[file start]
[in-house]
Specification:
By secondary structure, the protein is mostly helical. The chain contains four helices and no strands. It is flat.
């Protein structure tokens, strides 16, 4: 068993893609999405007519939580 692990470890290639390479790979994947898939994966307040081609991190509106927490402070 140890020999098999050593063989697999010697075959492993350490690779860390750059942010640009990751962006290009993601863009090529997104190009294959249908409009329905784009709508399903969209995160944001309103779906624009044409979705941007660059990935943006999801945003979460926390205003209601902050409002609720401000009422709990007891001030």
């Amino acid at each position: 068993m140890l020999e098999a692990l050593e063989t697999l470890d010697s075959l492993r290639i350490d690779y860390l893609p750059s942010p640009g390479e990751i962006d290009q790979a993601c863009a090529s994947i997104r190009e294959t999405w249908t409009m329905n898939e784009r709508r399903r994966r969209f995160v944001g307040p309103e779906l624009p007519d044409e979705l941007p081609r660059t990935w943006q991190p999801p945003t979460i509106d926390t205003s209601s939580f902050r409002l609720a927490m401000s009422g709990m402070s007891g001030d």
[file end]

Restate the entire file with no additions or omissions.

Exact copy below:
[in-house]
Specification:
By secondary structure, the protein is mostly helical. The chain contains four helices and no strands. It is flat.
């Protein structure tokens, strides 16, 4: 068993893609999405007519939580 692990470890290639390479790979994947898939994966307040081609991190509106927490402070 140890020999098999050593063989697999010697075959492993350490690779860390750059942010640009990751962006290009993601863009090529997104190009294959249908409009329905784009709508399903969209995160944001309103779906624009044409979705941007660059990935943006999801945003979460926390205003209601902050409002609720401000009422709990007891001030």
């Amino acid at each position: 068993m140890l020999e098999a692990l050593e063989t697999l470890d010697s075959l492993r290639i350490d690779y860390l893609p750059s942010p640009g390479e990751i962006d290009q790979a993601c863009a090529s994947i997104r190009e294959t999405w249908t409009m329905n898939e784009r709508r399903r994966r969209f995160v944001g307040p309103e779906l624009p007519d044409e979705l941007p081609r660059t990935w943006q991190p999801p945003t979460i509106d926390t205003s209601s939580f902050r409002l609720a927490m401000s009422g709990m402070s007891g001030d």